Institutional Effectiveness

Abt staff train health sector internal auditors in Tanzania as part of the USAID-funded Tanzania AIDSTAR2 (Wajibika) project.
State institutions play an essential role in ensuring broad, equal access to essential public services: health, education, dispute resolution and rights protection, infrastructure, water and sanitation, and others. This especially is true for vulnerable populations.
Abt’s extensive experience in health system governance gives us a unique perspective on public sector management. For example, our team excels at applying a political economy lens to administrative bottlenecks to identify constructive methods – such as payroll and human resourcing – for improving service delivery.
In Tanzania, for example, we are assisting the government to build a strong and sustainable public sector able to manage and deliver quality services to all its citizens, especially for health, education, agriculture, rural roads and water and sanitation. Abt-led interventions under the five-year, USAID-funded Public Sector Strengthening (PS3) project are expanding government transparency and stepping up citizens’ influence over how local budgets and services are planned and monitored. We are also training newly elected council members across 13 target regions to boost local governments’ use of data in decision making and develop detailed plans for greater citizen engagement.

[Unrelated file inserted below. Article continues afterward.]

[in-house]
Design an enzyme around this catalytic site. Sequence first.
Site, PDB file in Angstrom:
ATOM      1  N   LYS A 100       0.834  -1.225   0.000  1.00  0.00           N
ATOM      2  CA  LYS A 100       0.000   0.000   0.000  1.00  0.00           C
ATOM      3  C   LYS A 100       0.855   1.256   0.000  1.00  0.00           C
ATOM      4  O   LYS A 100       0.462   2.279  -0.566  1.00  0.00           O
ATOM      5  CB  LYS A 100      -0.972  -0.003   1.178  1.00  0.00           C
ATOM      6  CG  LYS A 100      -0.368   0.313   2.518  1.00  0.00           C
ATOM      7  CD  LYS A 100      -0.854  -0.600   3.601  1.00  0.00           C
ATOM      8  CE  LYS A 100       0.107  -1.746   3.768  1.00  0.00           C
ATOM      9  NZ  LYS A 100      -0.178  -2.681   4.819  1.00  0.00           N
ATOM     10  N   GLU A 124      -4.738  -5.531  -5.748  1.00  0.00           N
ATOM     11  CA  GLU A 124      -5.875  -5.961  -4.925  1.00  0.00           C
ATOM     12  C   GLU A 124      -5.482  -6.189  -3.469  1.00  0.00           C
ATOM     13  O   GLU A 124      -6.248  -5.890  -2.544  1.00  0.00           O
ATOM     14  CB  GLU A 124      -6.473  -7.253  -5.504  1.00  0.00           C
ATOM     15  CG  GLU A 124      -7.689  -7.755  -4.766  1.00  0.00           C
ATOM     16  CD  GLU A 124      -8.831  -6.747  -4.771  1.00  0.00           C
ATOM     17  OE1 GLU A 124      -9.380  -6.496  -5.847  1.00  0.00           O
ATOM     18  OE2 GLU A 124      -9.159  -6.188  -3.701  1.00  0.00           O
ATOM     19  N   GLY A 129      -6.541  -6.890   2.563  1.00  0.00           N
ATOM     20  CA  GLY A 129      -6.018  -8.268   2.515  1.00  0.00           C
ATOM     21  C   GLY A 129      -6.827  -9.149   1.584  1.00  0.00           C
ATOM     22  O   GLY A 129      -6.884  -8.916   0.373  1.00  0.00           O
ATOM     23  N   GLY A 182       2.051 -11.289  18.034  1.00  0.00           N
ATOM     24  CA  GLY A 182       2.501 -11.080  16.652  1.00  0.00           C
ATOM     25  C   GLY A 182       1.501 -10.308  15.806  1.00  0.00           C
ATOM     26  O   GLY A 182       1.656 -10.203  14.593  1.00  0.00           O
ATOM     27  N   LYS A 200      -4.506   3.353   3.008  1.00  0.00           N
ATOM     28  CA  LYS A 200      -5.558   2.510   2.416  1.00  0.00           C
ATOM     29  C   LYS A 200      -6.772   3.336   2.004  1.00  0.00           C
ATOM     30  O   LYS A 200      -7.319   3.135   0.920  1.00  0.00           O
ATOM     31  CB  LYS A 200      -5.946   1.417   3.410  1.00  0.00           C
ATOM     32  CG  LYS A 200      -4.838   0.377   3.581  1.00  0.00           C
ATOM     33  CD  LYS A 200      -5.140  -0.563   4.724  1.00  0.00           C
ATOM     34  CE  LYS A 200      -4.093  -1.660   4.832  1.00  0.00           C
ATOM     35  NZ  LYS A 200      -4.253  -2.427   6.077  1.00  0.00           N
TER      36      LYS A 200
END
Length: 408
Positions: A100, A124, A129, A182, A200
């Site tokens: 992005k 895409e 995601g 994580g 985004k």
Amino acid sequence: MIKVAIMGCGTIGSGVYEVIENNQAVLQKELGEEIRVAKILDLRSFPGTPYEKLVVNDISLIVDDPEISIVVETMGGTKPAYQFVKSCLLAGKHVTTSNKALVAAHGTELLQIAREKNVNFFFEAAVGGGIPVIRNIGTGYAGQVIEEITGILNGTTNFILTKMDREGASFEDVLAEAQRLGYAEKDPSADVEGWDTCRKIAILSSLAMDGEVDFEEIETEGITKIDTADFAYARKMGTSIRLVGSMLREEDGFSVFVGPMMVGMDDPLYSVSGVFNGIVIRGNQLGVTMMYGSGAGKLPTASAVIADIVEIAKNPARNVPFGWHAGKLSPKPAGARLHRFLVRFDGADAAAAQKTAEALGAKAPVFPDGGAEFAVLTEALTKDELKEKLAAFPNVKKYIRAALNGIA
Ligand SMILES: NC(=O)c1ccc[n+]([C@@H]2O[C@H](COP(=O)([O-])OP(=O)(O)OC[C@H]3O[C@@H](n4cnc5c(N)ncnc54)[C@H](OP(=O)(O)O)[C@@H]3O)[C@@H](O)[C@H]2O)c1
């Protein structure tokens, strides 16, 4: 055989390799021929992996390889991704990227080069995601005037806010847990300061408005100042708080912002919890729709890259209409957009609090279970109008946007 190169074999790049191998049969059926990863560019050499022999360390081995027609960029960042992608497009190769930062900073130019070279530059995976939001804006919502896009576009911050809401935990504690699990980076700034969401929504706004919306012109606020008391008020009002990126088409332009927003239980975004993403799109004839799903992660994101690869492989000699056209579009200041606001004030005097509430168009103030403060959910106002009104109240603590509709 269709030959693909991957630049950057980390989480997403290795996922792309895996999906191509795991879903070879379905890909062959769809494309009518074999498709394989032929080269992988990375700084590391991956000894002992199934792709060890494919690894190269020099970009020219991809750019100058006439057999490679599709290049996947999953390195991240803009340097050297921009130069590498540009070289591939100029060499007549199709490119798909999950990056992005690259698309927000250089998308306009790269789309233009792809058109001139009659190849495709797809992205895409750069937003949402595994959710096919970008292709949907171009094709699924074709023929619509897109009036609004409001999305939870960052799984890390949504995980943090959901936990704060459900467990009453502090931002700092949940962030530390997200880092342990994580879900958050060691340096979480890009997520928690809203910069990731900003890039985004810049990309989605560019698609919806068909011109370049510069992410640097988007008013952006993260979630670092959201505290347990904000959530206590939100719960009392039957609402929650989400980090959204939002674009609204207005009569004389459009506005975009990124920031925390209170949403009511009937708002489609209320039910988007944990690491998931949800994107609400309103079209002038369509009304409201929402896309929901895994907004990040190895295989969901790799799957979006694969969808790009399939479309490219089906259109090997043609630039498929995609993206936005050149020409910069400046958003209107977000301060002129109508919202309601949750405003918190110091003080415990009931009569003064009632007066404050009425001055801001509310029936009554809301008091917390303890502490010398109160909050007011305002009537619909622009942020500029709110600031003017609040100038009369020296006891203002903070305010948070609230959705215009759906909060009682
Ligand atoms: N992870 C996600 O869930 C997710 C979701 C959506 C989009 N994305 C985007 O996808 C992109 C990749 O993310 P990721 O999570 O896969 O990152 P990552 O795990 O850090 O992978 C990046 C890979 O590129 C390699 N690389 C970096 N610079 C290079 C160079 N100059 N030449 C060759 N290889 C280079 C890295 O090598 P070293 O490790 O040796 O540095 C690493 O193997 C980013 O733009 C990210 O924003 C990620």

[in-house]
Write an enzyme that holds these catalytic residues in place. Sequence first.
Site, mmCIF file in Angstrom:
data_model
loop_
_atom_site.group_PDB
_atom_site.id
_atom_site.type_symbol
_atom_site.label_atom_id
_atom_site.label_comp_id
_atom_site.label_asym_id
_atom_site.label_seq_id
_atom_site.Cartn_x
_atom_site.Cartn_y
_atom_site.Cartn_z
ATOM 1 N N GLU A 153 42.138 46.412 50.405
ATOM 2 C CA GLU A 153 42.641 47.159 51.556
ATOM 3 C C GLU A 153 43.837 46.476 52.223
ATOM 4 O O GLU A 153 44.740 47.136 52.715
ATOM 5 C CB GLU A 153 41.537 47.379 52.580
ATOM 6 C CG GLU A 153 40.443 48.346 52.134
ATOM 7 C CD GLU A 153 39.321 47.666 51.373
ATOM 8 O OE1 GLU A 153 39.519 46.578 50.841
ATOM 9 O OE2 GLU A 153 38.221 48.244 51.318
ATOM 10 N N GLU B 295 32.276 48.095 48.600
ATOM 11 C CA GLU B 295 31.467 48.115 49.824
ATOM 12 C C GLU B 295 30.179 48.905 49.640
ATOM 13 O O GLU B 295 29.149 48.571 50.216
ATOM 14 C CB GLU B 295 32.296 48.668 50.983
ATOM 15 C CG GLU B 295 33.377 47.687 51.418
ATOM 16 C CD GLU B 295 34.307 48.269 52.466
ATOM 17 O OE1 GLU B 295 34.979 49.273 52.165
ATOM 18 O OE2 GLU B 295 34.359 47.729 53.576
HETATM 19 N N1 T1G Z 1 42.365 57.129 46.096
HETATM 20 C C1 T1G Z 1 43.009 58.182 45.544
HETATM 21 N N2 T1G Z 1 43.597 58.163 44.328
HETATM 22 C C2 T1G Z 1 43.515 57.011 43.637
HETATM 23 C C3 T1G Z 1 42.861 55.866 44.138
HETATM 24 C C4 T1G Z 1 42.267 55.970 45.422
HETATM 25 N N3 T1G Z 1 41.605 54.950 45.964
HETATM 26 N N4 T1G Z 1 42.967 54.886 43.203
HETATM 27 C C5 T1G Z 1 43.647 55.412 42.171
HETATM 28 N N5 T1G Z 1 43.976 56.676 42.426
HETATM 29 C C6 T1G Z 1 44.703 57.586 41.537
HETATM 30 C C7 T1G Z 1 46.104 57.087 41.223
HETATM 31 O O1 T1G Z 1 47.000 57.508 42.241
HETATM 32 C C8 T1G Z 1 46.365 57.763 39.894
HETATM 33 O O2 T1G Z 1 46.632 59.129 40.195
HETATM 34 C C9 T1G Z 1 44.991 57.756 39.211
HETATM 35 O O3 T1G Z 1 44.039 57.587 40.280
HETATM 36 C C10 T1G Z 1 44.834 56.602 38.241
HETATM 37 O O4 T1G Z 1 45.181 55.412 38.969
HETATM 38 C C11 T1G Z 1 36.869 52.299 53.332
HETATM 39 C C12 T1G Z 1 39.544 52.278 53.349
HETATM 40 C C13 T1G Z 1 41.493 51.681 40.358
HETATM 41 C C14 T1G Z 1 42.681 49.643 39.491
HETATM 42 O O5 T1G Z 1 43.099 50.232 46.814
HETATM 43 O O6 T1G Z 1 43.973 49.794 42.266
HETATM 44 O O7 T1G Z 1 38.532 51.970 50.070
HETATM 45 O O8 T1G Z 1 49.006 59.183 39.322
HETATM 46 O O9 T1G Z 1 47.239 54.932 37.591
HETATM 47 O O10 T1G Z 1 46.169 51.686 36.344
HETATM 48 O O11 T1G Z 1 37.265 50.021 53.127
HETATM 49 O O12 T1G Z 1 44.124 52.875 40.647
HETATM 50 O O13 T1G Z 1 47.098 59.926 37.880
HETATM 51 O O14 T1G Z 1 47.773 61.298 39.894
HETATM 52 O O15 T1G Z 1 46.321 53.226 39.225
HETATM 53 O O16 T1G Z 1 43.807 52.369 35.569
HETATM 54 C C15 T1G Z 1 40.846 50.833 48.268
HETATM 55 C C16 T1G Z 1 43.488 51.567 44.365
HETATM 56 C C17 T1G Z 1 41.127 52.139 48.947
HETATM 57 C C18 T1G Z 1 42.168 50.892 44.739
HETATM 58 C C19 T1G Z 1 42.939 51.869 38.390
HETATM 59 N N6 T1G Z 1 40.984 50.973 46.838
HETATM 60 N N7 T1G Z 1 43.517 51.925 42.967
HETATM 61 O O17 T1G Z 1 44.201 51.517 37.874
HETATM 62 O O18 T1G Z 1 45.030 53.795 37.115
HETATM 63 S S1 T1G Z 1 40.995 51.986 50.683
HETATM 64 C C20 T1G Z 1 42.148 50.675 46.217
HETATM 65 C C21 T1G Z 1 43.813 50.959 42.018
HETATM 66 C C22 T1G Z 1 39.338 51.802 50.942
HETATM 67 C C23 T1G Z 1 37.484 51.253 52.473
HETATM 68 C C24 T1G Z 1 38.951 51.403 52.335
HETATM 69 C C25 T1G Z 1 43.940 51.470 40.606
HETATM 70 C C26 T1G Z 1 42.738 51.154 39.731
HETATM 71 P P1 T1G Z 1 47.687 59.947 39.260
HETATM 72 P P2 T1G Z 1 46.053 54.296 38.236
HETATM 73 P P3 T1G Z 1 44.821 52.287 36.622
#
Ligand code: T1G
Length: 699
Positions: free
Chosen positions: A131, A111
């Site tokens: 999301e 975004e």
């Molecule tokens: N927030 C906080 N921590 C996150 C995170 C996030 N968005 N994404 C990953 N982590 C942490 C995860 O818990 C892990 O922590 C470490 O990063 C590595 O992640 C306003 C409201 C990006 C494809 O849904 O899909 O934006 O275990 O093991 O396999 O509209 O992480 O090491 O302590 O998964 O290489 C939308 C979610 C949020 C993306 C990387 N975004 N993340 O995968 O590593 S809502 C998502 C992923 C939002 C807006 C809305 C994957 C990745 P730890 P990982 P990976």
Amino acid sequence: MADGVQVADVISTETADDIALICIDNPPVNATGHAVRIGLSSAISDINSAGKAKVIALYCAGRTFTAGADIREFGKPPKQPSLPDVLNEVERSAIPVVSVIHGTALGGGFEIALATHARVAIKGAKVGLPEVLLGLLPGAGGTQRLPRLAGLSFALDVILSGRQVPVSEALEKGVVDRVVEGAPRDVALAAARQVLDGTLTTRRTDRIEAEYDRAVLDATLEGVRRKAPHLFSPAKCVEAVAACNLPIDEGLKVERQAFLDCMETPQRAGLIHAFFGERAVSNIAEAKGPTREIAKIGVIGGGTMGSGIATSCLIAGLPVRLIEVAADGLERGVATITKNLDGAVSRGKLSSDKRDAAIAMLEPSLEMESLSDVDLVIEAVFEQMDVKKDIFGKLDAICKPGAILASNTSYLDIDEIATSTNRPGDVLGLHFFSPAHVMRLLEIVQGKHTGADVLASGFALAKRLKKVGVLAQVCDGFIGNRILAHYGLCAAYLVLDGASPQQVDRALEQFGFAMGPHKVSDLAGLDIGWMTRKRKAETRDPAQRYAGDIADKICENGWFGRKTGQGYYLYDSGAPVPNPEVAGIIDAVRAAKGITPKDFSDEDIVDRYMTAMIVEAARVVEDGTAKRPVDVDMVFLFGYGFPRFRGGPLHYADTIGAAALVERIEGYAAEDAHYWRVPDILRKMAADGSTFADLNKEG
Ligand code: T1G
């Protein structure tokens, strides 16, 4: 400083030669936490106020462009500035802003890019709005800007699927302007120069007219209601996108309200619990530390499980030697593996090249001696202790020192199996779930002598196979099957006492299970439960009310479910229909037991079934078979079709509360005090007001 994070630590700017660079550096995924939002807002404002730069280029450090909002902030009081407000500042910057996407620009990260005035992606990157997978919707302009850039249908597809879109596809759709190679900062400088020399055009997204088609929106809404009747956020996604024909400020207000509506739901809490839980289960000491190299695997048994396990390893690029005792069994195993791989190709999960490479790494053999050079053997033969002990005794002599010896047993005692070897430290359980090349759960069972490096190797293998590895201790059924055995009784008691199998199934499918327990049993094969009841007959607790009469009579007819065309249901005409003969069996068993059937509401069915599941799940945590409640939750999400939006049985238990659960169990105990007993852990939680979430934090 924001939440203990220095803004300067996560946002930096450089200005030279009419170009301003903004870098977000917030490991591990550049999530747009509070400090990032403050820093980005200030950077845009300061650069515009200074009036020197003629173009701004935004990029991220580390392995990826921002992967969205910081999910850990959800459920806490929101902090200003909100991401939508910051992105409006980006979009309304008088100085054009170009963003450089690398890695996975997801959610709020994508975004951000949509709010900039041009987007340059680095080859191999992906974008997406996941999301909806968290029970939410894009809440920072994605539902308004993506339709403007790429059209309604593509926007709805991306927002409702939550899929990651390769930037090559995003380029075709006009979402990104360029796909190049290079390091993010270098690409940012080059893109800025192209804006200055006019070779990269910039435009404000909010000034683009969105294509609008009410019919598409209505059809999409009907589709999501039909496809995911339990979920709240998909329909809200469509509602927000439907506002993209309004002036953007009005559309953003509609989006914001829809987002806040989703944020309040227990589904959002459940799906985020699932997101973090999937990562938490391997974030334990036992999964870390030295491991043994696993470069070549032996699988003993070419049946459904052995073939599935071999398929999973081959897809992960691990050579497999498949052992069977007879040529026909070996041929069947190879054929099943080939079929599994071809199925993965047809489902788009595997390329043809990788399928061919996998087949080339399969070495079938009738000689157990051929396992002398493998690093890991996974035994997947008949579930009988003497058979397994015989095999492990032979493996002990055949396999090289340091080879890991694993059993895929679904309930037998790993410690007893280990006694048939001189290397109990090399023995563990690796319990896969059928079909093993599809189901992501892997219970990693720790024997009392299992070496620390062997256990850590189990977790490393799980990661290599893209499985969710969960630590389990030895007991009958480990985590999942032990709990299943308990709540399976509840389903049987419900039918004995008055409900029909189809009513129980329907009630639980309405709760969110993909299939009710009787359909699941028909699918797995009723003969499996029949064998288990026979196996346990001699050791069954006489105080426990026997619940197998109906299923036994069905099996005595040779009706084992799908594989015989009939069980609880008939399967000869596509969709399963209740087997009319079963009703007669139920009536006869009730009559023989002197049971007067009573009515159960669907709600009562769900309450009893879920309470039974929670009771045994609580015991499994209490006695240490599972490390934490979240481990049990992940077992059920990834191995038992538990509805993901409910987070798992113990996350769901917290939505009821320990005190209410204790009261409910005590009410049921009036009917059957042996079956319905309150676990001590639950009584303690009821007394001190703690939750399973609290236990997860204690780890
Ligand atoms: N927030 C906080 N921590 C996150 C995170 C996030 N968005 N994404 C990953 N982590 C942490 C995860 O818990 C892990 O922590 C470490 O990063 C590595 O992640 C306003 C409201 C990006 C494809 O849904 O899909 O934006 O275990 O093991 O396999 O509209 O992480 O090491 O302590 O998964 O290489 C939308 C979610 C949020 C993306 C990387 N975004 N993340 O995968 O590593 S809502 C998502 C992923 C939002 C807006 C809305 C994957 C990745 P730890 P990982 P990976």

Abt also leads the Health Finance and Governance project, USAID’s global flagship health systems strengthening project, which supports countries as they improve their health system governance. The project, which works in more than 20 countries, addresses a breadth of health governance issues at both national and local levels including:
  • Improving transparency and accountability by assisting governments to better collaborate with civil society and private sector organizations;
  • Constructing health accounts to improve policy decisionmaking, transparency, and accountability;
  • Providing technical assistance to improve public financial management within health institutions; and
  • Building capacity within civil society organizations and the private sector so that they can better contribute towards the development of health policies, implementation of health reforms, and monitoring health system performance.